Although rocket launches can look effortless and even glamorous, launching things into space is a risky business. And occasionally, it all can go very, very wrong.

A Japanese start-up company learnt this the hard way on June 30, when its rocket MOMO-2 spectacularly crashed back to Earth after spending only a few moments off the launch pad.

Luckily for everyone involved, no one was injured, as the rocket was uncrewed.

The 10-metre (32-foot) rocket was developed by a company called Interstellar Technologies, with the goal to make small, lightweight, and low-cost rockets that can send satellites into space.

This was their second attempt at an inexpensive rocket launch. The first MOMO did manage to leave the launch pad, and was at least a partial success.

Sadly, the video of the latest launch attempt shows MOMO-2 leaving the launch pad, but then crashing back to Earth about six seconds later in a tragically comic fashion.

This isn't great news for the company, whose aim is to put a satellite into low Earth orbit by 2020.

gif rocket launch japan fail

Interstellar Technologies is aiming to spend a fraction of the price of government satellites – according to Engadget, the original MOMO cost US$440,000 vs the Japanese government's US$1.8 million minimum.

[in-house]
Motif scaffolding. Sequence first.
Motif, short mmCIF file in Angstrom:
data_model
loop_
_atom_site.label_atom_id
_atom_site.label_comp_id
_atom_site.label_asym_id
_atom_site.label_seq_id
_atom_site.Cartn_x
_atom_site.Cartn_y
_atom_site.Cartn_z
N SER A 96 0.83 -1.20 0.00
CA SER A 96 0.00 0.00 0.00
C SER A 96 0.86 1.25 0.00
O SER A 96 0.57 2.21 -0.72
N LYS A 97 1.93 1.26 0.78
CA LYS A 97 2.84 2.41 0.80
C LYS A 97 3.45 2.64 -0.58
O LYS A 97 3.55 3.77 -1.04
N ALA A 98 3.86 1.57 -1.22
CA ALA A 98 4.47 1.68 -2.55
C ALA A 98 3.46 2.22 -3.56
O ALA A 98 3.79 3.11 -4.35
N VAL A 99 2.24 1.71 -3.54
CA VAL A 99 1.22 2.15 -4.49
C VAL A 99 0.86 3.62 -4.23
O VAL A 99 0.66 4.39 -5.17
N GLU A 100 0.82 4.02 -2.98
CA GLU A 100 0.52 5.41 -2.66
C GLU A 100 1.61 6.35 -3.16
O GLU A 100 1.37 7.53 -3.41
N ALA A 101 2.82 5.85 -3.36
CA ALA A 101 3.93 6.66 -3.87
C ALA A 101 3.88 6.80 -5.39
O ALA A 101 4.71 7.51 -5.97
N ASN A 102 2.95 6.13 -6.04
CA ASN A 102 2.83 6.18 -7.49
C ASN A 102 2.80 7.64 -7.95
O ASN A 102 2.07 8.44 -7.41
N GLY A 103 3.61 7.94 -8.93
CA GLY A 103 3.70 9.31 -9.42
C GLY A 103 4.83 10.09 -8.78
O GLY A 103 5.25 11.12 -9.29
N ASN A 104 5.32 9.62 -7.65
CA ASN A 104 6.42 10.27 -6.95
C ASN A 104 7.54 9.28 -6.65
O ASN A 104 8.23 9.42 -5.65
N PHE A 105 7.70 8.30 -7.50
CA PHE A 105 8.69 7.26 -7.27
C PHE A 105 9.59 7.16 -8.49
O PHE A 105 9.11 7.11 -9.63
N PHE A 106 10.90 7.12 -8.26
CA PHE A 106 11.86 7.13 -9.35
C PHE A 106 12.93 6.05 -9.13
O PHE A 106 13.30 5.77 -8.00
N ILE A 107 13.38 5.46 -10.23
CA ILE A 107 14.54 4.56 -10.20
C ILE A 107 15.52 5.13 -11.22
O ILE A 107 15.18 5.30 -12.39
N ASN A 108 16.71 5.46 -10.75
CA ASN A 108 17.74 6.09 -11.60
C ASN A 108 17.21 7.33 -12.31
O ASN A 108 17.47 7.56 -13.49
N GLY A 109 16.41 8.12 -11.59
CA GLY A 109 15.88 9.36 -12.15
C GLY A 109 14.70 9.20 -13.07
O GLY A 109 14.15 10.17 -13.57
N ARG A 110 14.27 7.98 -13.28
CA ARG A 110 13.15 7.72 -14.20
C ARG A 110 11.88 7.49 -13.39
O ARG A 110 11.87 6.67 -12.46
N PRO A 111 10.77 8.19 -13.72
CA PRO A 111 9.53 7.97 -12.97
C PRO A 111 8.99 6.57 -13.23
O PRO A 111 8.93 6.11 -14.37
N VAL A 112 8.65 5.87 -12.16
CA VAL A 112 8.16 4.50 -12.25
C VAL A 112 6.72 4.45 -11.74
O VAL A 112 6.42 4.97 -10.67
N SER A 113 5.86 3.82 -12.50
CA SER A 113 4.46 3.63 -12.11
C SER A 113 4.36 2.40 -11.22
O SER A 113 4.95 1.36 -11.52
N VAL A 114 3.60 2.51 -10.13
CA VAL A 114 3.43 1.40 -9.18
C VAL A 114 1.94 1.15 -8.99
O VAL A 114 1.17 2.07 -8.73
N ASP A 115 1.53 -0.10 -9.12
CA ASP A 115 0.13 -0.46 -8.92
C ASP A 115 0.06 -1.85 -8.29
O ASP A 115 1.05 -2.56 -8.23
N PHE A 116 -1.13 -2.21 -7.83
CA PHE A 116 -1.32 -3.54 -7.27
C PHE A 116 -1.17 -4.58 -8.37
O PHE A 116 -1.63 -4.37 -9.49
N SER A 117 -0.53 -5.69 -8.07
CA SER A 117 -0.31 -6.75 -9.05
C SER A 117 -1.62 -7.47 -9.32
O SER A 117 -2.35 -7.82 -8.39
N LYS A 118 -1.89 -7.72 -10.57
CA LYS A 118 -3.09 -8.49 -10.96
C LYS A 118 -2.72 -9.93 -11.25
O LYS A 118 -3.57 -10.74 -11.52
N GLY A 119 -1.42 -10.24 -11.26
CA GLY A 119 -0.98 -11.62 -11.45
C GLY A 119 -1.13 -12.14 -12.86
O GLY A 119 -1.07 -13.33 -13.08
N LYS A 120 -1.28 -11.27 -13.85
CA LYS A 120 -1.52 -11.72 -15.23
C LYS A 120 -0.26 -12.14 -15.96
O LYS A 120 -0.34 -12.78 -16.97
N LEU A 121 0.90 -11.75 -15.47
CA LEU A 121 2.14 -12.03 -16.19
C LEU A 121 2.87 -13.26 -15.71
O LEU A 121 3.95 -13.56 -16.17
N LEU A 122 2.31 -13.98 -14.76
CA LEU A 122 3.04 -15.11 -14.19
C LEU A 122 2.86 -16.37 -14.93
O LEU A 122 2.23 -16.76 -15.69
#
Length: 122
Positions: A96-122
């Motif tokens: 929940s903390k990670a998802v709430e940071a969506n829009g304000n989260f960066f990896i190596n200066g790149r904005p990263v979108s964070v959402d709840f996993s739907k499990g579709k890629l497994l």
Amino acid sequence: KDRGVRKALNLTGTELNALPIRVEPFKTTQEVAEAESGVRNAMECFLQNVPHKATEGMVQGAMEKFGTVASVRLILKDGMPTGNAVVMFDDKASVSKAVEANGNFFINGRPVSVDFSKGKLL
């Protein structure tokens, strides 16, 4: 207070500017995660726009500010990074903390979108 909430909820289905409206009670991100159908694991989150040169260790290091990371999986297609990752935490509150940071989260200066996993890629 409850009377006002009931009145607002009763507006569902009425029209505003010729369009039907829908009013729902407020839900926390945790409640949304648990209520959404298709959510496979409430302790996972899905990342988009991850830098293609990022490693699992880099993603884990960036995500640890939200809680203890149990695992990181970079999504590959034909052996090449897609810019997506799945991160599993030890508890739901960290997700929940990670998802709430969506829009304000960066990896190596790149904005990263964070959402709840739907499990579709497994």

Obviously this would be absolutely fantastic, but they have yet to prove their approach to rocket launching actually works well enough to entrust it with the precious payload of a satellite.

This is also pretty bad news for the company's founder, Takafumi Horie, who originally was known as the creator of an internet service provider called Livedoor, but more recently became infamous for spending two years in prison for accounting fraud.

"We have never seen a failure like this," Horie told reporters, according to the Asahi Shimbun. "We are thinking about what we can do to maintain some tie to the next step even as the future remains barely visible."

However, the rest of the company is putting on a brave face, saying that there's no significant damage to the launch facilities.

"We could not accomplish what we were expected to do. I feel sorry for that," said Takahiro Inagawa, the company's president, told the South China Morning Post.

"I feel that I would like to keep giving it a shot."

It seems the "if at first you don't succeed" mantra is still extremely relevant for space launches. Let's just hope it's worth all this effort.